Leaving

My last post was about returning home. Whenever one goes somewhere, they also leave somewhere else. Thus, it is true that I am leaving San Diego, quite possibly forever. It would be easy for me to look back on my time here with bitterness. After all, I have had some very difficult times of loneliness, emptiness and sorrow right here in the spot where I am sitting now. I can’t look at it that way, though. In some ways, this has been an experience of a lifetime. Many people never get a chance to completely leave their familiar surroundings and live alone in a new place. Although it wasn’t what I wanted at the time, it was what I needed. There can never be any doubt about that in my mind. I needed what I would call a “hard reset”. What I got was a complete change of scenery, a different job, and a life, albeit temporary, in a new and different place. I can’t say that I loved it, but I can say that I learned from it.

So now I’m leaving. What, exactly am I leaving? Well, at my new job here, I met a guy from Austin, of all places, that I really hit it off with. I’m pretty sure we will be friends for a long time, and I’m looking forward to seeing him back in Austin. That’s one. Here at the house where I’m living, I have met a couple of guys that I became friends with. Rick, a former musician, who is now a mortgage banker, and Peter, who is, gasp, a mortgage banker who writes poetry. Pete’s first book of poems has just been published. Together, we form an odd trio that mysteriously gets along pretty well. Our place is pretty mellow, which we all like. No drama, no conflict, no extraneous noise. It’s good, really. I will miss these guys, but I hope to stay in touch with them. They both have expressed interest in coming to Austin for a visit and I would love to show them around.

I am leaving a very mellow work environment as well, which is pretty unusual for the business I’m in. I will miss that. There is a very diverse group of people who are all working together very well. It’s good to see that, and be a part of it. My boss, Betty, is one of the most laid back bosses I have ever had. Hats off to you, Betty. I will miss you too.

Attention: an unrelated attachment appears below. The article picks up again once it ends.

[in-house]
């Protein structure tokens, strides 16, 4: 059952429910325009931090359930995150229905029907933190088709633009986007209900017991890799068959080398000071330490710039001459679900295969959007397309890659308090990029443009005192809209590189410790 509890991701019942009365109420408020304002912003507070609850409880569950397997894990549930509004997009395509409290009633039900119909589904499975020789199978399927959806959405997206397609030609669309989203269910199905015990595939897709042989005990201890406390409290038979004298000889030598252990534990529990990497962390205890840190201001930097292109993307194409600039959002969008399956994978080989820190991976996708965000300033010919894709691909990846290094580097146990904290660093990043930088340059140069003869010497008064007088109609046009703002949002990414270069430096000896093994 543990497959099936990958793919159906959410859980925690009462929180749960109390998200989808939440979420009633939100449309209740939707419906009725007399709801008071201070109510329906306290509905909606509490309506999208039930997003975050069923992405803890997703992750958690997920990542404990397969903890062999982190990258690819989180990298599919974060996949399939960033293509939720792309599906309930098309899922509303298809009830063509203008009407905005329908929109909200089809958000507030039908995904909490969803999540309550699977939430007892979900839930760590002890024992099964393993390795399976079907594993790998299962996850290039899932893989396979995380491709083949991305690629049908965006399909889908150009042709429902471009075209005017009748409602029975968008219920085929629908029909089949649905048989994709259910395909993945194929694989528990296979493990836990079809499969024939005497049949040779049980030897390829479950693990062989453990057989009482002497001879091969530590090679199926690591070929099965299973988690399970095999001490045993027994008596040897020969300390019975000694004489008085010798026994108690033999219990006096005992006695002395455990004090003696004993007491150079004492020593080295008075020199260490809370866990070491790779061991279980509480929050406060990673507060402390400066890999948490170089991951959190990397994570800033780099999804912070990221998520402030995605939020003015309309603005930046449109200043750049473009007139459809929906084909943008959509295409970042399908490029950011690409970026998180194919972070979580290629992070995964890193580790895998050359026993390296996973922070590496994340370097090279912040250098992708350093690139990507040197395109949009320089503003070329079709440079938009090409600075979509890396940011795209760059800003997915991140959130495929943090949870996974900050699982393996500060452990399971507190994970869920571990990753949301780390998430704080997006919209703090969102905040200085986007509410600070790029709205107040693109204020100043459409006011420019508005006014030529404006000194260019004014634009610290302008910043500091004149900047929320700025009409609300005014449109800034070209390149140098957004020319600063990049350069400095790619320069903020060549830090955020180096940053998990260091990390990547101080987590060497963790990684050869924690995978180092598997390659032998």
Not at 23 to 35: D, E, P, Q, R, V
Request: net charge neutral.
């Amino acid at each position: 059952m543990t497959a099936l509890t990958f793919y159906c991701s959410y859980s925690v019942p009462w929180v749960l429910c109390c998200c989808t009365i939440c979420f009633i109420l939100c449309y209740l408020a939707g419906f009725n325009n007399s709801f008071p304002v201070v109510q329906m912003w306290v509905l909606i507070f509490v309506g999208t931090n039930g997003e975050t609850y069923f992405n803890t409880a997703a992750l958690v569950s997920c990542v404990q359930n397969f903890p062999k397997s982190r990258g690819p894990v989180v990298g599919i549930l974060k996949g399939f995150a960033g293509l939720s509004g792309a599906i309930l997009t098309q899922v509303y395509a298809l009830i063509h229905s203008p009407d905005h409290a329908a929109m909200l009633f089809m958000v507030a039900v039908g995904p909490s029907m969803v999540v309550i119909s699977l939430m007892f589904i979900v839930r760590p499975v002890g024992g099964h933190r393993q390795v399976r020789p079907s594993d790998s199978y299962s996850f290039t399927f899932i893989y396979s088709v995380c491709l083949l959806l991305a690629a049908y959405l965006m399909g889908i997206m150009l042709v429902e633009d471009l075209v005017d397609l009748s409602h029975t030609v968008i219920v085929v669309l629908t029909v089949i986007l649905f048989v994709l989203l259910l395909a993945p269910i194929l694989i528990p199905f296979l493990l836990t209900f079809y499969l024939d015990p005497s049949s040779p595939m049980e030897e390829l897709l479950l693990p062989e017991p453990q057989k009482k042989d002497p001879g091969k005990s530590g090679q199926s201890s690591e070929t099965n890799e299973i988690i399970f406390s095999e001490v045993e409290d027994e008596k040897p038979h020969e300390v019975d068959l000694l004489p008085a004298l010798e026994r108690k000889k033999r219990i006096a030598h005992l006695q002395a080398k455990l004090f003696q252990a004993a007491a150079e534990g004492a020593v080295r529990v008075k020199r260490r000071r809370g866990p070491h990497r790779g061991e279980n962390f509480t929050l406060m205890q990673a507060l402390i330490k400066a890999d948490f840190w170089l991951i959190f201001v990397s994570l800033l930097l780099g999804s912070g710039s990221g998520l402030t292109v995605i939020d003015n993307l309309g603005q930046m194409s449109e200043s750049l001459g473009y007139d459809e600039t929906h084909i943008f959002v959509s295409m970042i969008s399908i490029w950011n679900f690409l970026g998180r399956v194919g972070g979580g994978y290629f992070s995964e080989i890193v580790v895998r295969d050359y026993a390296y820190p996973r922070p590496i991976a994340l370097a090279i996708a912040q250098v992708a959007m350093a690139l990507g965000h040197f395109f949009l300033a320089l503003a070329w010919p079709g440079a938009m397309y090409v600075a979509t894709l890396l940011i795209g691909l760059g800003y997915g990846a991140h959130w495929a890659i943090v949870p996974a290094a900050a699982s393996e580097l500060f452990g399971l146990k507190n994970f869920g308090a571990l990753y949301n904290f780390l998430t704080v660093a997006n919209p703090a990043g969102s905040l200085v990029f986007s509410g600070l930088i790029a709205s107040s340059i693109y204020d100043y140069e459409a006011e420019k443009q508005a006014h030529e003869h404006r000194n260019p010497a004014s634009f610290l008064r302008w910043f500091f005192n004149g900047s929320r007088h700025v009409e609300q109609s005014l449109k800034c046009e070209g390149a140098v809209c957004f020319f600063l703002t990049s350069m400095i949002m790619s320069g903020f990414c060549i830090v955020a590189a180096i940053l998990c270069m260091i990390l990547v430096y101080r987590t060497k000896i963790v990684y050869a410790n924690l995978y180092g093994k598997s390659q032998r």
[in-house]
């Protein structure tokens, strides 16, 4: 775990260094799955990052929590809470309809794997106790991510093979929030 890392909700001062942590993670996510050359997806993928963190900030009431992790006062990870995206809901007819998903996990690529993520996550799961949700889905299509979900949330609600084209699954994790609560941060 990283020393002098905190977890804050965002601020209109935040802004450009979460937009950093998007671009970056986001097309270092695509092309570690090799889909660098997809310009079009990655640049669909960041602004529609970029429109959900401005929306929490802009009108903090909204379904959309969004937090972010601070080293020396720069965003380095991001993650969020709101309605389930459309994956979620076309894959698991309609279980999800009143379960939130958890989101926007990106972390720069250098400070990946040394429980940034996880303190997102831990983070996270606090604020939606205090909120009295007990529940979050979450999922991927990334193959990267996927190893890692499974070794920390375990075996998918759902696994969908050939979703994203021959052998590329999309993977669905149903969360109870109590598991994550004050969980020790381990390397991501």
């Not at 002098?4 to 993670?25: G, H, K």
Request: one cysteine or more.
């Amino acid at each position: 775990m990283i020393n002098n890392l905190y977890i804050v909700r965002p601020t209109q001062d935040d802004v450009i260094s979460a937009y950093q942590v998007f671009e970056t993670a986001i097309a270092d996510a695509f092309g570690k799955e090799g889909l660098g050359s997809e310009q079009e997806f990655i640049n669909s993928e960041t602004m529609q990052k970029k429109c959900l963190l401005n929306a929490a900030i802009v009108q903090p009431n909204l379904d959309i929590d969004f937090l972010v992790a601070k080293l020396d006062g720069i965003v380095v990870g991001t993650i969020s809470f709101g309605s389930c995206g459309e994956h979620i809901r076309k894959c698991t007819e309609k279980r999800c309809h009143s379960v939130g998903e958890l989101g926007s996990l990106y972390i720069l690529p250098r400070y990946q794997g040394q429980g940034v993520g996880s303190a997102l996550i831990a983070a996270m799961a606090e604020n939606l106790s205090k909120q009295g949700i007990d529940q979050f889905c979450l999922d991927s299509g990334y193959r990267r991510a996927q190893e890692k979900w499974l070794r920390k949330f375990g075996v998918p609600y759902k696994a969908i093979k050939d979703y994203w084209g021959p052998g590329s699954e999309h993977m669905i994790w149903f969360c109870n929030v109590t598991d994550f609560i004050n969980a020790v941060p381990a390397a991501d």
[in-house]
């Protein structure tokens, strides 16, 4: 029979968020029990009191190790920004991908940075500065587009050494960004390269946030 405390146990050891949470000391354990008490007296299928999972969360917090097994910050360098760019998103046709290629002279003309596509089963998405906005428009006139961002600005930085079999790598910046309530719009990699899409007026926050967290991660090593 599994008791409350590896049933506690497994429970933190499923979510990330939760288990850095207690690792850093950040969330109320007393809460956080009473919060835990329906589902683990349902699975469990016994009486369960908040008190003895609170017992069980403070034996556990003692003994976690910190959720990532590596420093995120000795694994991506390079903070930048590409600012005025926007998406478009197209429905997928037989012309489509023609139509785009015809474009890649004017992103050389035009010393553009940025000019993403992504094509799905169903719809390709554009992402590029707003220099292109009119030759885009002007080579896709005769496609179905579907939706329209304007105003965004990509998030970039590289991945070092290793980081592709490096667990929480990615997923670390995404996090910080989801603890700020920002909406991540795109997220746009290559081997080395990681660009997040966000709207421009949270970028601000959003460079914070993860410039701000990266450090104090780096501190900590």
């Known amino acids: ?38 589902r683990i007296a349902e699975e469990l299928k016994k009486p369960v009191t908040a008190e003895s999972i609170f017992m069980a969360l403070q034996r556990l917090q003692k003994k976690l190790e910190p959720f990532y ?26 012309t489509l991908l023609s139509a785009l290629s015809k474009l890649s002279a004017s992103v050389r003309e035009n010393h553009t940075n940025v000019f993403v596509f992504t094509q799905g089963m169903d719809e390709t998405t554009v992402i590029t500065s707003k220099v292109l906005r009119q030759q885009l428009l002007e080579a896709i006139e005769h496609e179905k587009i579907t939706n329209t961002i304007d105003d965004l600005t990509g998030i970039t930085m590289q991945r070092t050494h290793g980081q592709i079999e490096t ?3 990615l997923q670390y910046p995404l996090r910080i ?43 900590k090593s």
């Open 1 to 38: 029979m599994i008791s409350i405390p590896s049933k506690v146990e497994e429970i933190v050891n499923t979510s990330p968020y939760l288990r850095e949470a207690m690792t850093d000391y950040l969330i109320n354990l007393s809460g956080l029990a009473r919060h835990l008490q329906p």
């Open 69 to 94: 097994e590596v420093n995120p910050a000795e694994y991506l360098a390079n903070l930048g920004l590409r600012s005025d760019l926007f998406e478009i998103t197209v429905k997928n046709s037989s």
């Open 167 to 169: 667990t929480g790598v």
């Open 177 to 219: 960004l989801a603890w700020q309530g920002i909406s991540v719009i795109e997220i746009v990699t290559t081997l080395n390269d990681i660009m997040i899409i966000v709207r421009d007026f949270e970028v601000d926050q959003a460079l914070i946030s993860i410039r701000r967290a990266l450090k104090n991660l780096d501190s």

The room I have been living in, well, it’s more than adequate. Thank you, God, for that. My landlord, Bruce, has been super. He’s a good guy. The weather here has been fantastic for the most part. When it rains everyone freaks out a bit, but that’s ok.

So, while I am anxious and ready to go home, I am still leaving some things that I really like. I wasn’t prepared for the way that hit me today for the first time. There are people here, and places, I will probably never see again. That’s the way life’s seasons change. Even when the change is for the better, there is almost always something to be given up in the process.

Peace.

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Coming Home

After three months of living and working in a strange city, I am coming home. Now, I originally thought I would title this blog “Going Home”, but the more I thought about it, the more I realized that wasn’t accurate. I’m not really going home because a large part of me never left. What’s really happening is the part that was away is coming back to rejoin the part that was always there. My heart was always at home.

These past three months have seen a lot of change. Neither the situation nor the man who left is the same. Back in those early days of December I was pretty much of a mess. I was emotionally shredded by all the events of the previous months. I hated leaving my family behind, but I knew I had to leave. There was a job here that I really needed. WE really needed. The financial situation was desperate. Almost a year of trying to make it outside of high tech had taken its toll in so many ways. That’s a whole other story for another day. In those days, I was so emotionally lost I couldn’t decide for myself how to feel. In that state, I was vulnerable to the emotions of the people around me in a dangerous way. I would let them control my emotions because I wasn’t controlling them myself. Being emotionally co-dependent with another person or persons is never a healthy way to live.

The night I arrived here I thought I was the saddest man alive. Driving in the dark, in a rented car, through a totally alien landscape, I have never felt more disconnected from my life than I did in those first few hours.  It still hurts to even think about it. I was utterly alone as far as human company was concerned. I had no idea what the future would hold or how I was going to handle this new situation. All I could do was take one step at a time and continue to take the next step after that and the one after that. In that manner I got through those first few days, never looking past what had to be done next. Sometimes that’s the best way to get through a difficult situation. One step at a time.

I won’t go into all the details, but over the next month or so God started to work some pretty amazing changes in me. In the first few days or even weeks, there was a lot of loneliness, desperation, anxiety and sadness, but through it all God was speaking to me, and I finally started to listen. What I heard may have saved my life. I heard him telling me over and over that I wasn’t alone, that I wasn’t weak, that I was strong enough to not only survive but to change in ways that would carry that strength into every part of my life. I had to give up some things that I really love. Give them up to God, and stop trying to hold onto them. I had to learn to trust my Papa with everything, including my family, marriage and children. I had to learn to let go of the illusion of control that I had held onto for all my life. Give it up. It wasn’t real anyway.